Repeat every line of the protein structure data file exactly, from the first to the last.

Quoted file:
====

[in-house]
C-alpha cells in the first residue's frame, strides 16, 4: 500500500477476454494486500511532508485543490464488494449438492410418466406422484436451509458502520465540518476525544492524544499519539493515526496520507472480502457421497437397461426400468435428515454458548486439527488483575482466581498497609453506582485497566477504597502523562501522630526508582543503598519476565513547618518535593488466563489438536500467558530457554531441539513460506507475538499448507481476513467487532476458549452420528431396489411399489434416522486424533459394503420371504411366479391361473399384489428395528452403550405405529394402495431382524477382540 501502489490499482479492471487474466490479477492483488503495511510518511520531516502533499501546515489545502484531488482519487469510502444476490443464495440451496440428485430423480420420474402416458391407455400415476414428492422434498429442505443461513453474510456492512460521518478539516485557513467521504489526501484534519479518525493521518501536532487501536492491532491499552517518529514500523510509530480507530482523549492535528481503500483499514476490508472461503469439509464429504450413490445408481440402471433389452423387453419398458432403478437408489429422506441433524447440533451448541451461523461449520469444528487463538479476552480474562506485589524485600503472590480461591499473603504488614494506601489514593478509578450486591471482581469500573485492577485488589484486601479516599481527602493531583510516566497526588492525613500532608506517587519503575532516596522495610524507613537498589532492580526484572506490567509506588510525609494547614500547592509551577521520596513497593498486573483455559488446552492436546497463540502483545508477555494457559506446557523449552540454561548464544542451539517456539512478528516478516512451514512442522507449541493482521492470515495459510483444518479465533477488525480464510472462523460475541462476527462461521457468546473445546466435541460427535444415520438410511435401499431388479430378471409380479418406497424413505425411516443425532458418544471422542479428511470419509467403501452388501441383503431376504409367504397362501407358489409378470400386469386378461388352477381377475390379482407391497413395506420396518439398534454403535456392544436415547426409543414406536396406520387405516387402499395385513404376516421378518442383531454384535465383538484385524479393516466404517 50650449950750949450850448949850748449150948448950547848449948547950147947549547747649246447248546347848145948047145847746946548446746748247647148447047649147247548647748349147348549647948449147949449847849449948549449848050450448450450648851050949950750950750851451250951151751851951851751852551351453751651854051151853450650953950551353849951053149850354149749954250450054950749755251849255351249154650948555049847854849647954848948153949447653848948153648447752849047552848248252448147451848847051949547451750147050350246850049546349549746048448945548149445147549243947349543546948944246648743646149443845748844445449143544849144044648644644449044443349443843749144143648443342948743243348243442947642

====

[in-house]
C-alpha cells in the first residue's frame, strides 16, 4: 500500500477476454494486500511532508485543490464488494449438492410418466406422484436451509458502520465540518476525544492524544499519539493515526496520507472480502457421497437397461426400468435428515454458548486439527488483575482466581498497609453506582485497566477504597502523562501522630526508582543503598519476565513547618518535593488466563489438536500467558530457554531441539513460506507475538499448507481476513467487532476458549452420528431396489411399489434416522486424533459394503420371504411366479391361473399384489428395528452403550405405529394402495431382524477382540 501502489490499482479492471487474466490479477492483488503495511510518511520531516502533499501546515489545502484531488482519487469510502444476490443464495440451496440428485430423480420420474402416458391407455400415476414428492422434498429442505443461513453474510456492512460521518478539516485557513467521504489526501484534519479518525493521518501536532487501536492491532491499552517518529514500523510509530480507530482523549492535528481503500483499514476490508472461503469439509464429504450413490445408481440402471433389452423387453419398458432403478437408489429422506441433524447440533451448541451461523461449520469444528487463538479476552480474562506485589524485600503472590480461591499473603504488614494506601489514593478509578450486591471482581469500573485492577485488589484486601479516599481527602493531583510516566497526588492525613500532608506517587519503575532516596522495610524507613537498589532492580526484572506490567509506588510525609494547614500547592509551577521520596513497593498486573483455559488446552492436546497463540502483545508477555494457559506446557523449552540454561548464544542451539517456539512478528516478516512451514512442522507449541493482521492470515495459510483444518479465533477488525480464510472462523460475541462476527462461521457468546473445546466435541460427535444415520438410511435401499431388479430378471409380479418406497424413505425411516443425532458418544471422542479428511470419509467403501452388501441383503431376504409367504397362501407358489409378470400386469386378461388352477381377475390379482407391497413395506420396518439398534454403535456392544436415547426409543414406536396406520387405516387402499395385513404376516421378518442383531454384535465383538484385524479393516466404517 50650449950750949450850448949850748449150948448950547848449948547950147947549547747649246447248546347848145948047145847746946548446746748247647148447047649147247548647748349147348549647948449147949449847849449948549449848050450448450450648851050949950750950750851451250951151751851951851751852551351453751651854051151853450650953950551353849951053149850354149749954250450054950749755251849255351249154650948555049847854849647954848948153949447653848948153648447752849047552848248252448147451848847051949547451750147050350246850049546349549746048448945548149445147549243947349543546948944246648743646149443845748844445449143544849144044648644644449044443349443843749144143648443342948743243348243442947642